Israel is planning to pump excess water from desalination plants into the Sea of Galilee, which is shrinking due to over-exploitation and climate change.
Erratic rainfall, rising temperatures and water pumping have destroyed the Sea of Galilee, the world’s lowest freshwater lake that has served as Israel’s main reservoir of filtered water for decades. Now, Israel intends to address the challenge by reversing the flow of water through a network of pumps, pipes and tunnels built in the 1960s. Authorities describe the project as a demonstration of management technology. Israel’s advanced water management and desalination.
Israel’s average temperature has increased by 2 degrees Celsius over the past two decades, according to Noam Halfon, a researcher at the Meteorological Service. Wet winters fill the lake, but water levels have dropped significantly during a drought period from 2014 to 2018. Some models predict Israel will experience less rainfall, falling 10-15% in the second half of the world. 21st century. Israel’s rapid population growth also entails the need for new water infrastructure. Halfon said the country’s population doubles every 30 years.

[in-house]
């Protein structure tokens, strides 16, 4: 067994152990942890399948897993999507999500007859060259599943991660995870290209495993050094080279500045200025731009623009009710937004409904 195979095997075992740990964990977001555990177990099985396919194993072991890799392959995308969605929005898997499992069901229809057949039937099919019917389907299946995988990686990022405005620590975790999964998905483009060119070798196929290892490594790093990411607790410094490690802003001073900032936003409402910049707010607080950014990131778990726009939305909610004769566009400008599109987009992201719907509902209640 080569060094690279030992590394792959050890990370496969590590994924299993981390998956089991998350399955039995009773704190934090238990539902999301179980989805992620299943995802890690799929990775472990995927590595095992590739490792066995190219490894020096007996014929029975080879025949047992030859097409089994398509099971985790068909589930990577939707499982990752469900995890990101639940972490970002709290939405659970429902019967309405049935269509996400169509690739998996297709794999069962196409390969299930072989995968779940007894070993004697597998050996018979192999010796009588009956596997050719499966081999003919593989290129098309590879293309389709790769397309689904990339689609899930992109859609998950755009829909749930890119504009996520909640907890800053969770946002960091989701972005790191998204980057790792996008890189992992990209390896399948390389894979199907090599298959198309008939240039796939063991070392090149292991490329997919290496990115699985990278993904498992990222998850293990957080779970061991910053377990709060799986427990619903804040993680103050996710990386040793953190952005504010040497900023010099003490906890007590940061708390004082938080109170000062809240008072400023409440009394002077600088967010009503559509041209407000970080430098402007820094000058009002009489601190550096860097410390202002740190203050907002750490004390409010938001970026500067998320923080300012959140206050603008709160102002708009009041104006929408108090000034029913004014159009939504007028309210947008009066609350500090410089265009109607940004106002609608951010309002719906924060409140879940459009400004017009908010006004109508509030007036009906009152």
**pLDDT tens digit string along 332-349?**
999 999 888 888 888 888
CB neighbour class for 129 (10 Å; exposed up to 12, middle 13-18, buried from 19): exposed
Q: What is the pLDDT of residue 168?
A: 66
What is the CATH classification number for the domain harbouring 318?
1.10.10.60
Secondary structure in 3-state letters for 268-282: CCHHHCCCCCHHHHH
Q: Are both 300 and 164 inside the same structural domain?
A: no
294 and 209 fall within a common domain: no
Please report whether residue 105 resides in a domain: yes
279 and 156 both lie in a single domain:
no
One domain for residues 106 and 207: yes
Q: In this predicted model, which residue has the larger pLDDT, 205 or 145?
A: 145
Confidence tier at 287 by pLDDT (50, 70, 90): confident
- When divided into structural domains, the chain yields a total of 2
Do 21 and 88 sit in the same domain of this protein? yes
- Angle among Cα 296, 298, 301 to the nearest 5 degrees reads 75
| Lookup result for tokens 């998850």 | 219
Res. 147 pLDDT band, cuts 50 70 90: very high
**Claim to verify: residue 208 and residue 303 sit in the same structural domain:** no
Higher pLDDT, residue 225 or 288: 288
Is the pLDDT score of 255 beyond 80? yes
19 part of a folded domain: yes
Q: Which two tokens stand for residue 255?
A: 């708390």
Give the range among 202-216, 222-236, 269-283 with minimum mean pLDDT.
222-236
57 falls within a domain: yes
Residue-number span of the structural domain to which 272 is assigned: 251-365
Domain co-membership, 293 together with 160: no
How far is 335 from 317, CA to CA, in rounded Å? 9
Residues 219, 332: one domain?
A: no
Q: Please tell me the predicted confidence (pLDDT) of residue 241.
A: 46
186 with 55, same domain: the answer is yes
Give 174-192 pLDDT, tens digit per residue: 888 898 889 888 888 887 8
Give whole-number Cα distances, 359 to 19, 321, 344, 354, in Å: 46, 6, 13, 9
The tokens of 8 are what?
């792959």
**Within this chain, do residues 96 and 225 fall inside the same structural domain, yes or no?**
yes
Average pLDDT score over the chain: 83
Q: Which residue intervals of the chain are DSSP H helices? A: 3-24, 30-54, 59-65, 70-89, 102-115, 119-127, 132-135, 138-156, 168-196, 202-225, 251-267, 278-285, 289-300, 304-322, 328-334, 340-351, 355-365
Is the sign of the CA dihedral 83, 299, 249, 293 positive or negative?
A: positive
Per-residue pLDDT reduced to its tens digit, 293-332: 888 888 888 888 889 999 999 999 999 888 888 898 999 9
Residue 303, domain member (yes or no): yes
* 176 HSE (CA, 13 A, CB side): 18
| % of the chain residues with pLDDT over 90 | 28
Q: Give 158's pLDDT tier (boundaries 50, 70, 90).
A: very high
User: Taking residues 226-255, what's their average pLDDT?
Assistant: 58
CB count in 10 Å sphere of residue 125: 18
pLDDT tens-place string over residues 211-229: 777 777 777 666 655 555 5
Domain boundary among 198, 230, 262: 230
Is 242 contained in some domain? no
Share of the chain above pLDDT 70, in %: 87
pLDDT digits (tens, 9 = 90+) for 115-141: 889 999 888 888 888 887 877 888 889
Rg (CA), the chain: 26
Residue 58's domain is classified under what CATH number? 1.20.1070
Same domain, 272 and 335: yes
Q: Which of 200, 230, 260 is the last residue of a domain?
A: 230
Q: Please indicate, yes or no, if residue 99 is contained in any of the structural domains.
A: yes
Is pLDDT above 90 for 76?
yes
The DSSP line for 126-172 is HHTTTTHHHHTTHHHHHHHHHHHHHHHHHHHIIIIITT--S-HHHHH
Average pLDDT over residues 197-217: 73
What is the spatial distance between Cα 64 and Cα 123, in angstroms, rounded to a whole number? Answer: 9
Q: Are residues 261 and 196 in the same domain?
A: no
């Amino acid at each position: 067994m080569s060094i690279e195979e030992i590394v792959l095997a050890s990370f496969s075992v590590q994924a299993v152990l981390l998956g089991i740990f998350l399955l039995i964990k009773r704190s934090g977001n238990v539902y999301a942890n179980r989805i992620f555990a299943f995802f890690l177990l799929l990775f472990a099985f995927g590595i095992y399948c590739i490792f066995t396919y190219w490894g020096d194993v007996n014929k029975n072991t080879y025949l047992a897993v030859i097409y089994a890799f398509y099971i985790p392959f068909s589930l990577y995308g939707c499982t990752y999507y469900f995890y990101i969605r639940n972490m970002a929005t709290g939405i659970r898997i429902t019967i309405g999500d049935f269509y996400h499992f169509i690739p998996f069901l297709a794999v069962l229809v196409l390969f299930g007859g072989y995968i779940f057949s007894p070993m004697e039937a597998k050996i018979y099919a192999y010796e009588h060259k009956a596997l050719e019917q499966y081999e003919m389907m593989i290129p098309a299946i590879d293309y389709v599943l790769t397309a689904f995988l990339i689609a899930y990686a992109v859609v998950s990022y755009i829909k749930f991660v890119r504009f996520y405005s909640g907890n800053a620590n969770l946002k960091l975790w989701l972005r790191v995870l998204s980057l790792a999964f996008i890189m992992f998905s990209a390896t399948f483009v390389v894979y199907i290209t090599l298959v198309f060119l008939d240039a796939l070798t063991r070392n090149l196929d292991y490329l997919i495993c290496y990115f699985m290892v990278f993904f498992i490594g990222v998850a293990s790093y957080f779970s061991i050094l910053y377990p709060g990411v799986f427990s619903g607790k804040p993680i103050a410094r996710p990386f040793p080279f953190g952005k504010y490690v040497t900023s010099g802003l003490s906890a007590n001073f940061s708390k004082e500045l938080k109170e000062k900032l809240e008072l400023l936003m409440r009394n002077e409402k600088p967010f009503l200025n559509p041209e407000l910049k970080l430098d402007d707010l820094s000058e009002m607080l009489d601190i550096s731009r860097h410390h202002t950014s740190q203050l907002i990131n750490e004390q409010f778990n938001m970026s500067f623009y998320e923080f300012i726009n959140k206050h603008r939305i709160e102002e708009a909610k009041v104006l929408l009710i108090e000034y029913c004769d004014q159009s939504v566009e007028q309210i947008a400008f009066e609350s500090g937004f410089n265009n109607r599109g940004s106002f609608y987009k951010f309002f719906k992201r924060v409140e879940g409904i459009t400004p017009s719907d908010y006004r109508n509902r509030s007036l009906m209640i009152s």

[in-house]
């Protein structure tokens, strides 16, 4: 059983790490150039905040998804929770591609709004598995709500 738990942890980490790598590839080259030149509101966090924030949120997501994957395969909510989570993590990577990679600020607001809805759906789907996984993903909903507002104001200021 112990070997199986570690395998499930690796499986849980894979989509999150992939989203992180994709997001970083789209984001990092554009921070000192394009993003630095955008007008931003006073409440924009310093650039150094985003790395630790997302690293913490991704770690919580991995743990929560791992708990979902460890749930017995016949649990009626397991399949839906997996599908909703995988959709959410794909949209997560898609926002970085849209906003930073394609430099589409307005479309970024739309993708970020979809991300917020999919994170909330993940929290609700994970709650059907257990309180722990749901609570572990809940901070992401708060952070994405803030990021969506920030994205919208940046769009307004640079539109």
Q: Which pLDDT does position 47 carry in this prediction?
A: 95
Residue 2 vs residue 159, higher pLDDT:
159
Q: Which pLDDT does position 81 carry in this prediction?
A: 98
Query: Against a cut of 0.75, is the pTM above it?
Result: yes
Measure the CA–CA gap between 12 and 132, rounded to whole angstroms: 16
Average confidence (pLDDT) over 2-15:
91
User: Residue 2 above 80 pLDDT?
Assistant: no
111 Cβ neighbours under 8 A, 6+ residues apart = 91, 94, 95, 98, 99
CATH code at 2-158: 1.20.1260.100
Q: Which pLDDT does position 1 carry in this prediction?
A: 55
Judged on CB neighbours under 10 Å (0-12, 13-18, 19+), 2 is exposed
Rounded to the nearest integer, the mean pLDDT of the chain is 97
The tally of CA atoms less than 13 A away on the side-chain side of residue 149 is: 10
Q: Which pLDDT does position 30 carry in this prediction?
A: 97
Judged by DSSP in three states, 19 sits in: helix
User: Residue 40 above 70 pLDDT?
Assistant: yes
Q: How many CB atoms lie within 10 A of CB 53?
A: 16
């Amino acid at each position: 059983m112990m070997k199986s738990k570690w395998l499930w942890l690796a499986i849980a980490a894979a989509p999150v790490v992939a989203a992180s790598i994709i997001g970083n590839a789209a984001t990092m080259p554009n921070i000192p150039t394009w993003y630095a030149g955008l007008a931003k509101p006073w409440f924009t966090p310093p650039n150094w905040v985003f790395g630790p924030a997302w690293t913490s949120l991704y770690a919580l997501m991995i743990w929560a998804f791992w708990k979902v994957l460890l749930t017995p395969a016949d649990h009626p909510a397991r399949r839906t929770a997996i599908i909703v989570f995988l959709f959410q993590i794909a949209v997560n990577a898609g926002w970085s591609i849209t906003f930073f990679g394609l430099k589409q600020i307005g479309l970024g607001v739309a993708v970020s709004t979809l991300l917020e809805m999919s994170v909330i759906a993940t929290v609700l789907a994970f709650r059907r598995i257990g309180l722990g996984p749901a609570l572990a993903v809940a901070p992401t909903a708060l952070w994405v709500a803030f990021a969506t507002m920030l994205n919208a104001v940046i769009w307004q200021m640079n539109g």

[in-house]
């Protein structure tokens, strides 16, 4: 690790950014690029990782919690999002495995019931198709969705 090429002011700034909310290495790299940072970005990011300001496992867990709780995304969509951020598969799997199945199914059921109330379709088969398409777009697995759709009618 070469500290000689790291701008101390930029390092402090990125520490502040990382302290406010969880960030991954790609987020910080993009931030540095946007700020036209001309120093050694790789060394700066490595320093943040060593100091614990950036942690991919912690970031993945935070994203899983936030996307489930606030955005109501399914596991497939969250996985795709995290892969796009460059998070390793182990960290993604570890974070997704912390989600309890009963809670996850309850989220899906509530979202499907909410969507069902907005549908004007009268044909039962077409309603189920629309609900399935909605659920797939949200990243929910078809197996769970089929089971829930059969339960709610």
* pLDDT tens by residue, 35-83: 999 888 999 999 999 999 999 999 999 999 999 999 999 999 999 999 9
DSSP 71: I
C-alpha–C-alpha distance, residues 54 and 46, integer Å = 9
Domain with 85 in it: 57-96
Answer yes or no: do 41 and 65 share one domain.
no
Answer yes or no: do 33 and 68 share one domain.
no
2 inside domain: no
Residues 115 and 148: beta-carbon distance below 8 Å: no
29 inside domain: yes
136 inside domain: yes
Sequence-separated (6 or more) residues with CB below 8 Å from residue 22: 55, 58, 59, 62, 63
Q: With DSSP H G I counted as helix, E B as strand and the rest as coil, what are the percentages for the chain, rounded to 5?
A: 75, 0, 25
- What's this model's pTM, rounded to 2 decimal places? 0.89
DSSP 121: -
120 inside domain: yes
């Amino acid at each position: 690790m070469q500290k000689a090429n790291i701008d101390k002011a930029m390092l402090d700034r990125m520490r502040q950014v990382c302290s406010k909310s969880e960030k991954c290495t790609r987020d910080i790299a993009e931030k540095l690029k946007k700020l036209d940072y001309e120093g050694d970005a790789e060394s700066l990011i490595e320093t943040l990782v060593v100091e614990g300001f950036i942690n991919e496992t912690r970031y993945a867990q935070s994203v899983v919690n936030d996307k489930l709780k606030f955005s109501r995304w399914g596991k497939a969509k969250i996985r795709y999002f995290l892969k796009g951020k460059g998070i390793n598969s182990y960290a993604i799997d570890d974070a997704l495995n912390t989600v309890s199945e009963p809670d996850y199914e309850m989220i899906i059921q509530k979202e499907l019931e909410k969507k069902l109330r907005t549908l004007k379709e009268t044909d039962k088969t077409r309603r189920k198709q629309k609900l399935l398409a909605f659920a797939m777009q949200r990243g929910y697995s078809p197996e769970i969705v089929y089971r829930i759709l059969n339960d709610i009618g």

Ziv Cohen, an engineer at Israel’s Mekorot water company, is overseeing a construction site in the north, where a crane places sections of water pipes into trenches. Later this year, the project, worth more than $300 million, will reverse the flow of the system that brought lake water to many areas across the country in the past. “As the water flows through the pipeline, which carries excess water from the central desalination plants, we can raise the water level in the Sea of Galilee, turning it into a usable reserve,” Cohen said.
An hour’s drive from the Mediterranean coast, OMIS Water Ltd’s Hadera is one of five desalination plants in Israel. David Muhlgay, the company’s chief executive officer, said Israel has grown from a country of water scarcity to one with abundant water resources in the past 15 years. Muhlgay’s plant produces 137 million cubic meters of water a year, representing 16% of Israel’s drinking water supply. The capacity of the factory is 160 million m3/year.
Leading desalination technology helps Israel strengthen cooperation with the Middle East, which is scarce in water. Last year, Israel, Jordan and the UAE agreed to a plan for Jordan to exchange solar energy with Israel’s water, and the water would come from the Sea of Galilee.
An Khang (According to Phys.org)
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